Tuesday, February 13, 2007

Tussie-Mussie Valentine



What is a tussie-mussie, you ask? The answer originally was not as romantic as we think of it now. In Medieval times, when bathing and personal hygiene was not common, small herbal nosegays, or bouquets, were carried by both men and women. They were held to their noses to cover street odors and body odors when in close proximity to other people. Men kept small arrangements in their lapels and women wore small bouquets on their wrists or in tiny vials that were attached to their clothing. Today, we couldn't imagine living like that. It seems as though everything has a scent to it and daily washing is considered a must.

Over time the tussie-mussie came to be a gift. Each flower or herb had a meaning, and in the 1700s in England, the art of sending messages with flowers, called floriography, was developed. In the 1800s, there was a resurgence of tussie-mussie messages in the Victorian era in the United States. Lovers were able to send their deepest feelings through flowers and herbs without the knowledge of others.

Here are a few herbs and flowers and their meanings. I though you might want to select a few for your Valentine or special friend:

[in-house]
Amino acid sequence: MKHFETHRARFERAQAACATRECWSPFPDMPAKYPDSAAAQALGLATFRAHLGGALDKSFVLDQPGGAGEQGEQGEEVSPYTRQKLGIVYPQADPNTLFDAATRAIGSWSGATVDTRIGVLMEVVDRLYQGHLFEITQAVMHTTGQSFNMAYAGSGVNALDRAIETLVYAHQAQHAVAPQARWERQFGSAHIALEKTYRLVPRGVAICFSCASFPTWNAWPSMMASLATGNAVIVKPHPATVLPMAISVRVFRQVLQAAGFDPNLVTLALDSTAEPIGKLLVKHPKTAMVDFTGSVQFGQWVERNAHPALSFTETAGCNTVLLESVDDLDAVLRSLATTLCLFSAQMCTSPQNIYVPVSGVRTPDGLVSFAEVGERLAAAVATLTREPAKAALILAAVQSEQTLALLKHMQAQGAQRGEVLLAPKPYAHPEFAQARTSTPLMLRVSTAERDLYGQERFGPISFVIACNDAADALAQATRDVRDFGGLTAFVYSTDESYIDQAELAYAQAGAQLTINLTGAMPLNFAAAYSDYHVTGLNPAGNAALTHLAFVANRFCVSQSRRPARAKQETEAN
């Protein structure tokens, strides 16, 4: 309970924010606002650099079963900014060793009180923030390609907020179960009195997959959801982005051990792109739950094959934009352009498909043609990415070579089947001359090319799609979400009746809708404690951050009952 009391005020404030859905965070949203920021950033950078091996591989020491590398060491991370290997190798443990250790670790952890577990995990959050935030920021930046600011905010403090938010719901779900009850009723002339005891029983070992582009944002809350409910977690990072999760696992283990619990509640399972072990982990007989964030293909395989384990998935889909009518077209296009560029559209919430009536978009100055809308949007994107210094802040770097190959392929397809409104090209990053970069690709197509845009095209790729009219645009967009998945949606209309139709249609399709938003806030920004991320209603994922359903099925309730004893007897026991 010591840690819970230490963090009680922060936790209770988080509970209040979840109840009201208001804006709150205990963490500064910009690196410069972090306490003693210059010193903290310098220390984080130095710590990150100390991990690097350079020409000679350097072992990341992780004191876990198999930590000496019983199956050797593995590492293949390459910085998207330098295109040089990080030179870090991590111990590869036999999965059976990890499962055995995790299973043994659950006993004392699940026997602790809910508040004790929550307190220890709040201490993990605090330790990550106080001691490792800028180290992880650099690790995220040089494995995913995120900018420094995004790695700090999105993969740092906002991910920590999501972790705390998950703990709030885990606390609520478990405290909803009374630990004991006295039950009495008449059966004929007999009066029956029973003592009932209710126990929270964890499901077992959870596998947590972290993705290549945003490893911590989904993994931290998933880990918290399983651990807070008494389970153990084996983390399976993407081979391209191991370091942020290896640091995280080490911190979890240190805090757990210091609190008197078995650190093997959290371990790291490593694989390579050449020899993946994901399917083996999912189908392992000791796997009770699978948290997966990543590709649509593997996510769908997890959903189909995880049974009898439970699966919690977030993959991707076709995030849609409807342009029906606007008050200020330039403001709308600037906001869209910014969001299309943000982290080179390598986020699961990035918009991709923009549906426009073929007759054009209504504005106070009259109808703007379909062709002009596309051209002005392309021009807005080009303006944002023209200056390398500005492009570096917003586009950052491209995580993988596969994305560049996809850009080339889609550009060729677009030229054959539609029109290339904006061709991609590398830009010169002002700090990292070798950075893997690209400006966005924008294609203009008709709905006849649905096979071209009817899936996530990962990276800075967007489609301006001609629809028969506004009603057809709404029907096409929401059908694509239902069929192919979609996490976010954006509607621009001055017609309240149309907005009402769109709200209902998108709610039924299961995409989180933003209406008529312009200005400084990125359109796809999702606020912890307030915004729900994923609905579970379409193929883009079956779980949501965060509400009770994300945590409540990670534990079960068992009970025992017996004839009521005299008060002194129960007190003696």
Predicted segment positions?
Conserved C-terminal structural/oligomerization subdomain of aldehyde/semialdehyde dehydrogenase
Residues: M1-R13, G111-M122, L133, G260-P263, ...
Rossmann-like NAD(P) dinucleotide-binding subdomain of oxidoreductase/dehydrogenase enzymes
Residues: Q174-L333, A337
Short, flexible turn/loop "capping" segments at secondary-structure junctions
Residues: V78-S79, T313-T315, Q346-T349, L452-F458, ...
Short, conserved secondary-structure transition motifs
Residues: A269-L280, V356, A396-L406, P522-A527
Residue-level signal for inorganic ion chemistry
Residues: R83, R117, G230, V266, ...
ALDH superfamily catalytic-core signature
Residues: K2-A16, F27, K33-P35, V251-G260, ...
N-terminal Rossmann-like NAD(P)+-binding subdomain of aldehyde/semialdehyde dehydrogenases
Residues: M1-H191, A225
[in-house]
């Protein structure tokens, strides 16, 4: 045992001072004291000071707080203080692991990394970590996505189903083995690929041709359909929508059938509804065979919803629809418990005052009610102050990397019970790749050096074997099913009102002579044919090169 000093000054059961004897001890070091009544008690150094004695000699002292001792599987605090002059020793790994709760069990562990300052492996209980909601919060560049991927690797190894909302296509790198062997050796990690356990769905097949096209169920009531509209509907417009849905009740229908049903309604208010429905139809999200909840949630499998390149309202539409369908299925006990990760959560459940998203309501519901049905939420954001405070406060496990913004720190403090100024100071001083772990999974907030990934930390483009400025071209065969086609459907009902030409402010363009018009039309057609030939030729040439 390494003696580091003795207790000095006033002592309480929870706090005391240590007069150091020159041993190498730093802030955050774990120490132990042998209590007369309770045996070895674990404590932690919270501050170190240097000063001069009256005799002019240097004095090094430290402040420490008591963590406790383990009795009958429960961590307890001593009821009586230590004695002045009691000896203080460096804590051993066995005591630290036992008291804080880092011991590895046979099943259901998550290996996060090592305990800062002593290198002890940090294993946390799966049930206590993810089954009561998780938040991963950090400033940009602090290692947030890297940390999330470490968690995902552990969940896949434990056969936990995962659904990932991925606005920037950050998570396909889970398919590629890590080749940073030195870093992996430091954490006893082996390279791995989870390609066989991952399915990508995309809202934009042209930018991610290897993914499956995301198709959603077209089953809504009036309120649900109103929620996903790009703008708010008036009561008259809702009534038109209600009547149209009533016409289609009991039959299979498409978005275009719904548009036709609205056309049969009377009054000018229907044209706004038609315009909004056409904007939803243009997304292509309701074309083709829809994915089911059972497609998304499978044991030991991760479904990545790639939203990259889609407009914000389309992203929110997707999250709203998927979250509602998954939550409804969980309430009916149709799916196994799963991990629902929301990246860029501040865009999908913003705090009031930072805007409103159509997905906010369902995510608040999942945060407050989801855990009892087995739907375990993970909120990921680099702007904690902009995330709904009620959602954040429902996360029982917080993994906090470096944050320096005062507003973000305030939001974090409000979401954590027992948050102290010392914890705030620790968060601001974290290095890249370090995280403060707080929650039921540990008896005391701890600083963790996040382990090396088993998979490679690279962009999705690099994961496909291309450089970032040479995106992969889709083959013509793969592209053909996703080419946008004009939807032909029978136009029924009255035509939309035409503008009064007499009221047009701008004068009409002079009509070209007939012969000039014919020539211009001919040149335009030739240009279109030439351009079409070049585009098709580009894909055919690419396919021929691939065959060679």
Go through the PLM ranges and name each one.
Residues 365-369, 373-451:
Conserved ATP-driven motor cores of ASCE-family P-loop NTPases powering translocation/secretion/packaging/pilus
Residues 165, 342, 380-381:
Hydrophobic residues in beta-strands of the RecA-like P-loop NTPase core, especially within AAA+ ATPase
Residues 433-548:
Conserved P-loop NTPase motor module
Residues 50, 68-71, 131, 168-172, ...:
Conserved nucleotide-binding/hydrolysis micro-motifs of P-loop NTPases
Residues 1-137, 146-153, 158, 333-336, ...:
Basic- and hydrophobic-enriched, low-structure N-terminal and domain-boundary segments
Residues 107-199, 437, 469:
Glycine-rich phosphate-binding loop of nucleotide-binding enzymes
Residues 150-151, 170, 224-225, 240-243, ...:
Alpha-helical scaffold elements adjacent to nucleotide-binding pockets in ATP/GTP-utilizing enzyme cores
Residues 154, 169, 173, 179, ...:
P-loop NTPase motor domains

Heart Ivy -- Friendship or marriage
Honeysuckle -- Devoted affection
Lemon Balm -- Sympathy
Mint -- Wisdom
Parsley -- Festivity
Pansy -- Thinking of you
Rosemary -- Remembrance
Roses -- Love
Sage -- Good health or long life
Sweet basil -- Good wishes
Sweet Violets -- Faithfulness
Tulip, yellow -- Hopeless love

All you need are some fresh or dried herbs, floral tape with wire, and lace or a Victorian posy holder; you can find them in antique shops, gift shops, and floral shops. It's just a small metal cone-shaped vase. You can even roll some heavy paper or poster board in a cone, covered with the lace and staple to hold in place. Group the herbs in small bunches, and secure each one with floral tape. Make sure you hold back an individual flower or herb for the center to convey your message. Group them together in a pleasing circle, wrapping with the tape as you go. Place in the holder and present to your sweetheart.
Happy Valentine's Day

There's rosemary, that's for remembrance; pray you, love, remember. And there is pansies, that's for thoughts..... William Shakespeare

1 comment:

Anonymous said...

Very nice list.
If I may add the Oak-leaved Geranium for True Friendship.

<a href="http://gypsyherbs.com/2012/01/30/language-of-flowers-page-42-alphabetized-list/>Alphabetized list of flower meanings</a>